A Virginia commercial lease agreement is needed when you want to rent an industrial, retail, or office space to a business entity. While the laws in the state of Virginia aren't too complicated, there are some rights and responsibilities you must be aware of.

This article has information on how landlords must draft a legally-binding document for commercial leases in Virginia.

Virginia Commercial Lease Agreements

According to the law, there are three types of commercial lease agreements landlords can create: the Gross, Modified Gross, and Triple Net Leases.

  • Gross - The tenant must cover rent, and the landlord must pay for other rental expenses, including insurance, taxes, and more.
  • Triple Net - The tenant must take care of rental payments and all other rental expenses.
  • Modified Gross - The tenants can discuss with their landlord to see who will take care of particular expenses surrounding the unit.

Write Your Own

Consider the following structure when drafting a Virginia commercial lease agreement:

  • First Section - The data of each party involved, information about the industrial, rental, or office space (property), arrangements for maintenance, repairs, and taxes, and the date of the term.
  • Second Section - Rental payments for the property, term renewals (if applicable), and security deposit terms.
  • Third Section - Licenses and Permits for the property.
  • Fourth Section - Vital clauses and other miscellaneous data for the rental contract and the rental spaces, including smoking laws, pet laws, sign placement laws, giving special repairs to the unit, and others.

Specific Considerations

  • Late Rent: If the tenant fails to pay rent within the specified period, the landlord has every right to evict them the next day.
  • Security Deposit: There's no stated legal limit surrounding the amount of security deposit the owner can charge for a commercial property in Virginia.
  • Self-Help Eviction: The landlord can use self-help eviction measures to get tenants out of the rental property, including locking the tenant out. Self-help eviction measures aren't allowed for a residential document.
  • No Duty to Maintain: No landlord is required by laws to keep the rental spaces in any particular shape before renting them.
  • Evictions: The landlord can evict their tenant from the business entity rental if they don't maintain the unit in good shape or breach their responsibilities or state laws in any way.
  • Parking: Separated structured parking is reserved for the people renting the unit, and they must maintain it in good shape.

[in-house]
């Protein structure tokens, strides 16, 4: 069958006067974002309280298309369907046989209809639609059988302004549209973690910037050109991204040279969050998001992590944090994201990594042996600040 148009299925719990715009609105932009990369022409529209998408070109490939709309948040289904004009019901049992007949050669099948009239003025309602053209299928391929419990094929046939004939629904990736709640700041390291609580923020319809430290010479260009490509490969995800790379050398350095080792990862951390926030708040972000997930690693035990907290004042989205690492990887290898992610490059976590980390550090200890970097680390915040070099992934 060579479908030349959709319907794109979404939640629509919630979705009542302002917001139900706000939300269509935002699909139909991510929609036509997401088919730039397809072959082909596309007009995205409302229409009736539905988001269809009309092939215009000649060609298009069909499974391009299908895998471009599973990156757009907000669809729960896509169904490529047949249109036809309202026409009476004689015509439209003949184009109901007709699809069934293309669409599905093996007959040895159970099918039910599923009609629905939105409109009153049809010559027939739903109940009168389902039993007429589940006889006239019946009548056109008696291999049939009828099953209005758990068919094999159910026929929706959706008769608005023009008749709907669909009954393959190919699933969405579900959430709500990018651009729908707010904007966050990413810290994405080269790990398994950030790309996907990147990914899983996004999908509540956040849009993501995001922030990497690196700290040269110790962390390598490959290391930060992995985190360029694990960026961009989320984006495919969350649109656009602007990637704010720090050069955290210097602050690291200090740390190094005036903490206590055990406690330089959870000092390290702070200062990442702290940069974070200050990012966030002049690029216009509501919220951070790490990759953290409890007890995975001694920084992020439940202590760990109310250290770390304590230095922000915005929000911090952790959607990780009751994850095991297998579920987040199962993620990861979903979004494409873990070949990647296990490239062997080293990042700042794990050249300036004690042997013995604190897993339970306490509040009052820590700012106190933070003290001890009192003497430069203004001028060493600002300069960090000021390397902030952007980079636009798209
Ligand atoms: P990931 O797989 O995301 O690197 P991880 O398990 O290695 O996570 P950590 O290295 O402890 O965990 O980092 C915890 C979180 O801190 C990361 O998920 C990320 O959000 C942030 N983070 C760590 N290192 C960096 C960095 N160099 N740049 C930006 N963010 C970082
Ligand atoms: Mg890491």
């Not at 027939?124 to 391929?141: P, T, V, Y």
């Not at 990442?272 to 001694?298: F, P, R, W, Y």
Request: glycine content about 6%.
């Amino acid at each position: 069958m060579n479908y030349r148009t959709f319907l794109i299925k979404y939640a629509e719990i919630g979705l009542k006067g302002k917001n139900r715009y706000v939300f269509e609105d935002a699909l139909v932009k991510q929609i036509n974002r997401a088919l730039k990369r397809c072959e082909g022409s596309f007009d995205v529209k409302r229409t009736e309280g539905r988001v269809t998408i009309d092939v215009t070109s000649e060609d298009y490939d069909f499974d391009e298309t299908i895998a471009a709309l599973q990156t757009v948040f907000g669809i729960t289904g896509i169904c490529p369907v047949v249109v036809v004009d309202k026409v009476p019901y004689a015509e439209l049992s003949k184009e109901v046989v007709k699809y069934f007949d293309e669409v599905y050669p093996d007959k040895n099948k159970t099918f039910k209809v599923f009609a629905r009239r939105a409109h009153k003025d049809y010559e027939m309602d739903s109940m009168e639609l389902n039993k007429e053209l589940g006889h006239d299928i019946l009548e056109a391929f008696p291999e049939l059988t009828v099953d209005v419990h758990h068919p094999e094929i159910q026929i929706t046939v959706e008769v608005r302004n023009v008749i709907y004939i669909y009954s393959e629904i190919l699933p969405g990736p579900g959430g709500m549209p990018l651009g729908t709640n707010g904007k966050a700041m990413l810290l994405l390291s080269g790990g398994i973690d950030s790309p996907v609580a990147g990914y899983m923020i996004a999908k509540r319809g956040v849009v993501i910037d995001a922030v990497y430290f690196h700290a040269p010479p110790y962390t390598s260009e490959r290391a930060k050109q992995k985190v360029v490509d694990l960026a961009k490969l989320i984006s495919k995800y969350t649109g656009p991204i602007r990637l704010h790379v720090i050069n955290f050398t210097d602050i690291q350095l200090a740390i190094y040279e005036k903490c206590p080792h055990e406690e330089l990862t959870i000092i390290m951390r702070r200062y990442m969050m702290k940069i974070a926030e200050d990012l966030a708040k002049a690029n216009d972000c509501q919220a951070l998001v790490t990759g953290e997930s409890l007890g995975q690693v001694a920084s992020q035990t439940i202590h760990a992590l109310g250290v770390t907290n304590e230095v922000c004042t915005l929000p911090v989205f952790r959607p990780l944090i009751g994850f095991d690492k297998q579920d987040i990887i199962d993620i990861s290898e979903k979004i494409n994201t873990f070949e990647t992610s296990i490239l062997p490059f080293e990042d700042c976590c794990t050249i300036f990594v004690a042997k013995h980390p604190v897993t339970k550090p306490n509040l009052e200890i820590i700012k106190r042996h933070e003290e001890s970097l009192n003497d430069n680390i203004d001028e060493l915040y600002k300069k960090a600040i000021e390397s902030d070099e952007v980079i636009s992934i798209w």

Mandatory Disclosures

Lead Paint: According to the law, the owner must provide each party with a lead paint disclosure if the Virginia commercial property was built before 1978.

Build Your Own

If you don't have time to draft a Virginia commercial lease agreement, feel free to download our commercial lease template today (PDF or Word)! These agreements have all the necessary data regarding rights, rules, and other real estate factors for this legally-binding piece. You can also make an order to generate a customizable template that you can use to add any relevant data surrounding your unit.

Bottom Line

Virginia commercial properties have particular laws, as with all other states. If you want your retail relationship with your tenant to be healthy, make sure to follow all of the rights and rules stated on this real estate page. You may also request our website to generate a template that you can adjust any day.


What Happens Once the Lease Expires?

According to real estate laws, any person staying in the unit must leave it when the leasing period ends. If they fail to leave upon the specified date, the owners can take legal action in court any day at any time.

Do Commercial Arrangements in This State Need to Be Notarized?

No, there's no need to make an order to get a piece notarized to comply with the law and the court. However, some people request to get them notarized in some states just in case.

Can You Make Adjustments to the Lease Contract in This State?

Owners can make adjustments to it when they consider it appropriate, including changes in the reserved parking spots for people. However, owners giving any adjustments to the form must get it notarized again if they chose to do it in the first draft.

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David is the co-founder & CMO of DoorLoop, a best-selling author, legal CLE speaker, and real estate investor. When he's not hanging with his three children, he's writing articles here!